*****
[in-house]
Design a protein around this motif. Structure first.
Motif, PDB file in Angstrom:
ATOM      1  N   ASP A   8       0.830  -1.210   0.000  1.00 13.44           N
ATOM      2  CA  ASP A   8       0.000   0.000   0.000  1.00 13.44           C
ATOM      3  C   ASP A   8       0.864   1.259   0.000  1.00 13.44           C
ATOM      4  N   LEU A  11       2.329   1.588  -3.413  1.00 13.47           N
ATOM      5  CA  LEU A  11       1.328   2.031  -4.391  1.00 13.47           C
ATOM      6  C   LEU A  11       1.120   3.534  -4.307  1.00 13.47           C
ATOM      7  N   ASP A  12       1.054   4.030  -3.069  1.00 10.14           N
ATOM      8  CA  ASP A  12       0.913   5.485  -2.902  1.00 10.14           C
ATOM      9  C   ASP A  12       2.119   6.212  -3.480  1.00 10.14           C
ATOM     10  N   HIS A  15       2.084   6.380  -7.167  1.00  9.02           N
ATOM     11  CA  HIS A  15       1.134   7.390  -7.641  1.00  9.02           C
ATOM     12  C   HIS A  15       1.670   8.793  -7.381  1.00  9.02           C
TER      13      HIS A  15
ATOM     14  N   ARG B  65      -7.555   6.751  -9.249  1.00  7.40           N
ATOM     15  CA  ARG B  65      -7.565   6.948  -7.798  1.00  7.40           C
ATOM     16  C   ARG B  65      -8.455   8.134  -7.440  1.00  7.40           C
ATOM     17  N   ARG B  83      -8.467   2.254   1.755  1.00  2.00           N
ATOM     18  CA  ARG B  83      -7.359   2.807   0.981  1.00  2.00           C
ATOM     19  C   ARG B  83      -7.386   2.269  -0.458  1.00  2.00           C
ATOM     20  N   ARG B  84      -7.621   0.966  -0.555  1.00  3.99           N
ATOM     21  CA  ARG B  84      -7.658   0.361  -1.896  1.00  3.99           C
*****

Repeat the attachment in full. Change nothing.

[in-house]
Design a protein around this motif. Structure first.
Motif, PDB file in Angstrom:
ATOM      1  N   ASP A   8       0.830  -1.210   0.000  1.00 13.44           N
ATOM      2  CA  ASP A   8       0.000   0.000   0.000  1.00 13.44           C
ATOM      3  C   ASP A   8       0.864   1.259   0.000  1.00 13.44           C
ATOM      4  N   LEU A  11       2.329   1.588  -3.413  1.00 13.47           N
ATOM      5  CA  LEU A  11       1.328   2.031  -4.391  1.00 13.47           C
ATOM      6  C   LEU A  11       1.120   3.534  -4.307  1.00 13.47           C
ATOM      7  N   ASP A  12       1.054   4.030  -3.069  1.00 10.14           N
ATOM      8  CA  ASP A  12       0.913   5.485  -2.902  1.00 10.14           C
ATOM      9  C   ASP A  12       2.119   6.212  -3.480  1.00 10.14           C
ATOM     10  N   HIS A  15       2.084   6.380  -7.167  1.00  9.02           N
ATOM     11  CA  HIS A  15       1.134   7.390  -7.641  1.00  9.02           C
ATOM     12  C   HIS A  15       1.670   8.793  -7.381  1.00  9.02           C
TER      13      HIS A  15
ATOM     14  N   ARG B  65      -7.555   6.751  -9.249  1.00  7.40           N
ATOM     15  CA  ARG B  65      -7.565   6.948  -7.798  1.00  7.40           C
ATOM     16  C   ARG B  65      -8.455   8.134  -7.440  1.00  7.40           C
ATOM     17  N   ARG B  83      -8.467   2.254   1.755  1.00  2.00           N
ATOM     18  CA  ARG B  83      -7.359   2.807   0.981  1.00  2.00           C
ATOM     19  C   ARG B  83      -7.386   2.269  -0.458  1.00  2.00           C
ATOM     20  N   ARG B  84      -7.621   0.966  -0.555  1.00  3.99           N
ATOM     21  CA  ARG B  84      -7.658   0.361  -1.896  1.00  3.99           C